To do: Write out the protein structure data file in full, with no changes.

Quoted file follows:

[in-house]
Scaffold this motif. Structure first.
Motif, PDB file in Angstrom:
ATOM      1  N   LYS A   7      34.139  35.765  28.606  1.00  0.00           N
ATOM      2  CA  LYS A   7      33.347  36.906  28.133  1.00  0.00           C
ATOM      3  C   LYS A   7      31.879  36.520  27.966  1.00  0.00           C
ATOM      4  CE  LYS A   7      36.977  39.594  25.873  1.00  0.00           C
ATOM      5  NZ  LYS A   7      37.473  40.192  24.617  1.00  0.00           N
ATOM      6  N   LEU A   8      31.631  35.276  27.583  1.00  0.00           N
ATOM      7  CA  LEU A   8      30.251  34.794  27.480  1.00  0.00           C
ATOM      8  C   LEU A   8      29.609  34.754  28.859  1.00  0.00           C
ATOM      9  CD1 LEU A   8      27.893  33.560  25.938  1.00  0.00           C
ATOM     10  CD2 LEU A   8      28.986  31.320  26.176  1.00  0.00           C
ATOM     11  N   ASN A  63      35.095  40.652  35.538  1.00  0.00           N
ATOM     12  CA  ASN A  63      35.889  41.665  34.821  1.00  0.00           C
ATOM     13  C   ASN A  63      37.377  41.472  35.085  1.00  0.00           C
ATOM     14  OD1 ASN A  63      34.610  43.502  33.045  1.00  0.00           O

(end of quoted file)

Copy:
[in-house]
Scaffold this motif. Structure first.
Motif, PDB file in Angstrom:
ATOM      1  N   LYS A   7      34.139  35.765  28.606  1.00  0.00           N
ATOM      2  CA  LYS A   7      33.347  36.906  28.133  1.00  0.00           C
ATOM      3  C   LYS A   7      31.879  36.520  27.966  1.00  0.00           C
ATOM      4  CE  LYS A   7      36.977  39.594  25.873  1.00  0.00           C
ATOM      5  NZ  LYS A   7      37.473  40.192  24.617  1.00  0.00           N
ATOM      6  N   LEU A   8      31.631  35.276  27.583  1.00  0.00           N
ATOM      7  CA  LEU A   8      30.251  34.794  27.480  1.00  0.00           C
ATOM      8  C   LEU A   8      29.609  34.754  28.859  1.00  0.00           C
ATOM      9  CD1 LEU A   8      27.893  33.560  25.938  1.00  0.00           C
ATOM     10  CD2 LEU A   8      28.986  31.320  26.176  1.00  0.00           C
ATOM     11  N   ASN A  63      35.095  40.652  35.538  1.00  0.00           N
ATOM     12  CA  ASN A  63      35.889  41.665  34.821  1.00  0.00           C
ATOM     13  C   ASN A  63      37.377  41.472  35.085  1.00  0.00           C
ATOM     14  OD1 ASN A  63      34.610  43.502  33.045  1.00  0.00           O